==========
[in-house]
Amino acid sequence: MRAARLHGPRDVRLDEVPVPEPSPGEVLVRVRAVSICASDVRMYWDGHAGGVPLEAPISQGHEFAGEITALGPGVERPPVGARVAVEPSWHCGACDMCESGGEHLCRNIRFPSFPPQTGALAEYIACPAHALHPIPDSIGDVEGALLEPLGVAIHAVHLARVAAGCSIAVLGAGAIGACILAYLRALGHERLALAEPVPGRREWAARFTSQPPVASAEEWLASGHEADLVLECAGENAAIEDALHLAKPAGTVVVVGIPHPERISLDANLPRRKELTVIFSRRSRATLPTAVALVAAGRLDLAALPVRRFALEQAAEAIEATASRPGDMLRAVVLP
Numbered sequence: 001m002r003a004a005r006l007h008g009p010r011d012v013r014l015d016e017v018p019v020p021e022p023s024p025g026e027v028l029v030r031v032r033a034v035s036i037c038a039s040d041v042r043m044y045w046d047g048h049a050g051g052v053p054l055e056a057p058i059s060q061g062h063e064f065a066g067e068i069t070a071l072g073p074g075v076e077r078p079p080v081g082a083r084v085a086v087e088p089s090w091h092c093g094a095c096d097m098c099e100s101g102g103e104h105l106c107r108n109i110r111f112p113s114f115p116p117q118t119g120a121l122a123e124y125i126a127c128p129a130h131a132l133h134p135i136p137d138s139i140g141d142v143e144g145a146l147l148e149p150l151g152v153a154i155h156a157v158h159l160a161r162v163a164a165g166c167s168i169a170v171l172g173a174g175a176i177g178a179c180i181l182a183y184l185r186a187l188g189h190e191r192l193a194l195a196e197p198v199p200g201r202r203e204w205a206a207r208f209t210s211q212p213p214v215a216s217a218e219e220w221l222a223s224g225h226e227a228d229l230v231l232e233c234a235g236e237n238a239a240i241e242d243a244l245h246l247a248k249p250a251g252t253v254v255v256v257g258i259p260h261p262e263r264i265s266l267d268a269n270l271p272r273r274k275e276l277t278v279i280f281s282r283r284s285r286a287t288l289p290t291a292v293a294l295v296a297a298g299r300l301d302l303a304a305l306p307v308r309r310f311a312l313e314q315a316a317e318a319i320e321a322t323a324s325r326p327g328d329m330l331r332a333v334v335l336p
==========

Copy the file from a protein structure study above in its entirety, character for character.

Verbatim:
[in-house]
Amino acid sequence: MRAARLHGPRDVRLDEVPVPEPSPGEVLVRVRAVSICASDVRMYWDGHAGGVPLEAPISQGHEFAGEITALGPGVERPPVGARVAVEPSWHCGACDMCESGGEHLCRNIRFPSFPPQTGALAEYIACPAHALHPIPDSIGDVEGALLEPLGVAIHAVHLARVAAGCSIAVLGAGAIGACILAYLRALGHERLALAEPVPGRREWAARFTSQPPVASAEEWLASGHEADLVLECAGENAAIEDALHLAKPAGTVVVVGIPHPERISLDANLPRRKELTVIFSRRSRATLPTAVALVAAGRLDLAALPVRRFALEQAAEAIEATASRPGDMLRAVVLP
Numbered sequence: 001m002r003a004a005r006l007h008g009p010r011d012v013r014l015d016e017v018p019v020p021e022p023s024p025g026e027v028l029v030r031v032r033a034v035s036i037c038a039s040d041v042r043m044y045w046d047g048h049a050g051g052v053p054l055e056a057p058i059s060q061g062h063e064f065a066g067e068i069t070a071l072g073p074g075v076e077r078p079p080v081g082a083r084v085a086v087e088p089s090w091h092c093g094a095c096d097m098c099e100s101g102g103e104h105l106c107r108n109i110r111f112p113s114f115p116p117q118t119g120a121l122a123e124y125i126a127c128p129a130h131a132l133h134p135i136p137d138s139i140g141d142v143e144g145a146l147l148e149p150l151g152v153a154i155h156a157v158h159l160a161r162v163a164a165g166c167s168i169a170v171l172g173a174g175a176i177g178a179c180i181l182a183y184l185r186a187l188g189h190e191r192l193a194l195a196e197p198v199p200g201r202r203e204w205a206a207r208f209t210s211q212p213p214v215a216s217a218e219e220w221l222a223s224g225h226e227a228d229l230v231l232e233c234a235g236e237n238a239a240i241e242d243a244l245h246l247a248k249p250a251g252t253v254v255v256v257g258i259p260h261p262e263r264i265s266l267d268a269n270l271p272r273r274k275e276l277t278v279i280f281s282r283r284s285r286a287t288l289p290t291a292v293a294l295v296a297a298g299r300l301d302l303a304a305l306p307v308r309r310f311a312l313e314q315a316a317e318a319i320e321a322t323a324s325r326p327g328d329m330l331r332a333v334v335l336p